Click here to receive the Daily Digest via email.
Default Notes (NYT)
Paul Krugman is concerned by the seeming non-response from markets to the possibility of a government default in mid-October. Shouldn’t big business be worrying about the possibility of another recession, cuts to Federal spending, and a plunging dollar?
You Really Ought to Be More Terrified of the Debt Ceiling (The Atlantic)
Derek Thompson points out that while a shutdown would have predictable effects, we have no idea what will happen if Congress fails to raise the debt ceiling. It’s unclear if there’s even a way for the government to prioritize payments in such a situation.
How One Stroke of the Pen Could Lift Wages for Millions (MSNBC)
Ned Resnikoff presents two possible executive orders that would raise the low wages of two million federally contracted workers. Many of these workers in DC are striking again, this time rallying outside the White House.
Thousands of Grocery Workers Vote on Strike Authorization (The Nation)
Allison Kilkenny reports on a United Food and Commercial Workers vote this week that could lead to strikes if contract negotiations with major grocery chains break down. The biggest concern is health insurance for part-time workers who are union members.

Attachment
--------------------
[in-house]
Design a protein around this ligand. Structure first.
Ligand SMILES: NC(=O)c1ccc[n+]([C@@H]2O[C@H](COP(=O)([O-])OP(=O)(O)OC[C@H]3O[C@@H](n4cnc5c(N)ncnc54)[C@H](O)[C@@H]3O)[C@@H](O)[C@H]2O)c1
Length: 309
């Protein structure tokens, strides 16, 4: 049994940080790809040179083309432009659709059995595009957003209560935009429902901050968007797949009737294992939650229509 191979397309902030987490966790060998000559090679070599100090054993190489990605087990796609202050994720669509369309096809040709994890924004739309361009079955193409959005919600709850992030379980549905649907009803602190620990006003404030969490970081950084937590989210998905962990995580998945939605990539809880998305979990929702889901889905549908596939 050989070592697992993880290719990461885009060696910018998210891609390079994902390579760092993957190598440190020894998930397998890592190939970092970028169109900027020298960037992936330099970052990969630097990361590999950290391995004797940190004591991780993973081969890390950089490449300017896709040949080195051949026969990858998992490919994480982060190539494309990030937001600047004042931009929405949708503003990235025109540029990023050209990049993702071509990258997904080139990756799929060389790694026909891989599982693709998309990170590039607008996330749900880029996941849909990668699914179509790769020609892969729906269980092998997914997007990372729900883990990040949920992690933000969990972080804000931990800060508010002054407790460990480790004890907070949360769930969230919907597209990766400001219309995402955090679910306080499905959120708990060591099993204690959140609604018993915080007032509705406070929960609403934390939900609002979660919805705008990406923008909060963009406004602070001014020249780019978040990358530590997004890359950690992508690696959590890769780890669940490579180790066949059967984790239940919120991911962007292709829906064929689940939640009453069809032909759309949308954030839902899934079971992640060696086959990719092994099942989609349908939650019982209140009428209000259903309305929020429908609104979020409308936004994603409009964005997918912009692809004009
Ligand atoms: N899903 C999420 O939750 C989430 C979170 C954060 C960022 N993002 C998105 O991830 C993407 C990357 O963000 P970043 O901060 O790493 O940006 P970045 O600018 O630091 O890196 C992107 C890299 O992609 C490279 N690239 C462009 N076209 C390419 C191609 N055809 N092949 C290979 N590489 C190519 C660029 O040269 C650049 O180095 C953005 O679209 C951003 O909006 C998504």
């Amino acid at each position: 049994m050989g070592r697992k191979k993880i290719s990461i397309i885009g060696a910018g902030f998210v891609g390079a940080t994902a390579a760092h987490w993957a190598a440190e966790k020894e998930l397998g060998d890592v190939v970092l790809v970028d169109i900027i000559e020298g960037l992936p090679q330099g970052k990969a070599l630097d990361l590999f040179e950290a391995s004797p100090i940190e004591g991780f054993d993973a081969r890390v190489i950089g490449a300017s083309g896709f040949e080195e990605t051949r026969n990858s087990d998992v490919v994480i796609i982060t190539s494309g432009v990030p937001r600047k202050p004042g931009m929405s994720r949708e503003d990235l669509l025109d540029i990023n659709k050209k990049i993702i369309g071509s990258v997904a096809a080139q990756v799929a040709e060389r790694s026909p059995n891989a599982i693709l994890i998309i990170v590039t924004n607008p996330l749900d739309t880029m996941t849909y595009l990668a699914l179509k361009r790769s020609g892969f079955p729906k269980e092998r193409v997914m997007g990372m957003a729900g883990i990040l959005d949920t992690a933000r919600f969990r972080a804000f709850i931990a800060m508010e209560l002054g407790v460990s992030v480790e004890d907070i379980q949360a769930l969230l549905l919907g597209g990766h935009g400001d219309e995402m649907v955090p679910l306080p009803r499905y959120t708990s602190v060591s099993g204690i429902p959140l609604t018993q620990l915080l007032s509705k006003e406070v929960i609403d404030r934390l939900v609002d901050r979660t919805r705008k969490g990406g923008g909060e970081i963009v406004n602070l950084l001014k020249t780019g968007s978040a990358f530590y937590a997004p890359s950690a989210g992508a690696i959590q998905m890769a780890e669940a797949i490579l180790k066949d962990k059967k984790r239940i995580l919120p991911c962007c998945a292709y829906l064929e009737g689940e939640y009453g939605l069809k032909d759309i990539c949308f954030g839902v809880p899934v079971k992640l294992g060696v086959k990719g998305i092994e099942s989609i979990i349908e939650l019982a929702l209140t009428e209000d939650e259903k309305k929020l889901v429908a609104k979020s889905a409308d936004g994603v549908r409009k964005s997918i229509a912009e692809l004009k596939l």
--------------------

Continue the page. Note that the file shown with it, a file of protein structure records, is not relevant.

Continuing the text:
Some Public Companies are Divulging More Details About Their Political Contributions (WaPo)
Dina ElBoghdady reports that due to mounting pressure from shareholders and threats of lawsuits, some large publicly traded companies are starting to disclose more of their political donations. The SEC is deciding whether to step in and mandate such disclosures.
Insight: Wal-Mart ‘Made in America’ drive follows suppliers’ lead (Reuters)
Jessica Wohl and James B. Kelleher argue that for all the stars-and-stripes PR, Walmart’s decision to buy more American-made goods is all business. U.S. made products have lower shipping costs and no tariffs, which improves the mega-retailer’s bottom line.
SEC Wins Big Fine From JPMorgan but Execs Skate Free (ProPublica)
Jesse Eisinger argues that even though JPMorgan is paying a large settlement for its wrongdoing in the London Whale case, the public still loses. Unless the Volcker Rule is written with serious disclosure requirements, executives will continue to be in the clear.